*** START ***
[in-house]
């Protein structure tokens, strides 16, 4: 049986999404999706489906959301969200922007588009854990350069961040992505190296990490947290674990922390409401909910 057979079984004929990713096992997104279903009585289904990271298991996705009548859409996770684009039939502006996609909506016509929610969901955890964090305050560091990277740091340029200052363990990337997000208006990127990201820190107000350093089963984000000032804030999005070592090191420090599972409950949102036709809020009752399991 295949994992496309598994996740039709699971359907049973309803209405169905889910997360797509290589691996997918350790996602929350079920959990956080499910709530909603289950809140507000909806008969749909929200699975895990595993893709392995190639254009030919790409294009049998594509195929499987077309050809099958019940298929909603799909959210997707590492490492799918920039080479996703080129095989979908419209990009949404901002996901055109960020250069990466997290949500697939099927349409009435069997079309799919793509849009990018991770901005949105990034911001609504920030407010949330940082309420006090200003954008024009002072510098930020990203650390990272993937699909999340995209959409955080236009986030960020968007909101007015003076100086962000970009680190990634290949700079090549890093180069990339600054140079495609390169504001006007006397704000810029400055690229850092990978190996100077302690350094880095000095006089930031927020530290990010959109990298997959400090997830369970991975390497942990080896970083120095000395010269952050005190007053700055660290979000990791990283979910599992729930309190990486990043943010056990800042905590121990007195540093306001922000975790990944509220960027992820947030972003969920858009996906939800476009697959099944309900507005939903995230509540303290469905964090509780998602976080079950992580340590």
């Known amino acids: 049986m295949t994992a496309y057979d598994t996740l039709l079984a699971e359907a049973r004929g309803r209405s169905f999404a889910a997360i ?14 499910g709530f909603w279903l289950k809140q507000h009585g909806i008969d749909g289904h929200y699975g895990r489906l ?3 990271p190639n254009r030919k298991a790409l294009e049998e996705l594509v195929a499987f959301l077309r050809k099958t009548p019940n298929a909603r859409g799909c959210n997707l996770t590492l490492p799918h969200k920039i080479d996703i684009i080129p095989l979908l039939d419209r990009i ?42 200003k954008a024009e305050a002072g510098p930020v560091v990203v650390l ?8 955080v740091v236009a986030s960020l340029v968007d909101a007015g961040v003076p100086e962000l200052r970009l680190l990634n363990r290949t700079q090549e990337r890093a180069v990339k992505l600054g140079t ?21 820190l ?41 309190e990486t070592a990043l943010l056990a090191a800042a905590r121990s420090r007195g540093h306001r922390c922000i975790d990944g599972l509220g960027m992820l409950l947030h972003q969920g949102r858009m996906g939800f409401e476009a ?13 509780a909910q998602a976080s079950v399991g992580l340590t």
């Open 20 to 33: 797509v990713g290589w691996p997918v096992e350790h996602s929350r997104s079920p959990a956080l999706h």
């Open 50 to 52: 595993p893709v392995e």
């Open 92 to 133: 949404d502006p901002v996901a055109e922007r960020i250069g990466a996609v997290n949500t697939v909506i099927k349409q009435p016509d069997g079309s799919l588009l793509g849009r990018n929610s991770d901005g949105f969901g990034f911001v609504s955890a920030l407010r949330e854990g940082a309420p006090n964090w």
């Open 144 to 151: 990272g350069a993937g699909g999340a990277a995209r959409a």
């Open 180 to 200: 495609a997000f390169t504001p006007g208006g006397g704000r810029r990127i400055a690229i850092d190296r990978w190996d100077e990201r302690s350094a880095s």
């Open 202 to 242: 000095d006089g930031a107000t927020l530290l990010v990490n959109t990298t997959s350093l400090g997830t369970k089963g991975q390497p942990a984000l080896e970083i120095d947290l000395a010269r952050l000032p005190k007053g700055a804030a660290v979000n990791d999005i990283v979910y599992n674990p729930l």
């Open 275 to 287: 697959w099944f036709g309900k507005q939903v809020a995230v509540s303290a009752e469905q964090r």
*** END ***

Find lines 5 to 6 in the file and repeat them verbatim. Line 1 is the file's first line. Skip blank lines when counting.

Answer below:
């Open 50 to 52: 595993p893709v392995e």
């Open 92 to 133: 949404d502006p901002v996901a055109e922007r960020i250069g990466a996609v997290n949500t697939v909506i099927k349409q009435p016509d069997g079309s799919l588009l793509g849009r990018n929610s991770d901005g949105f969901g990034f911001v609504s955890a920030l407010r949330e854990g940082a309420p006090n964090w």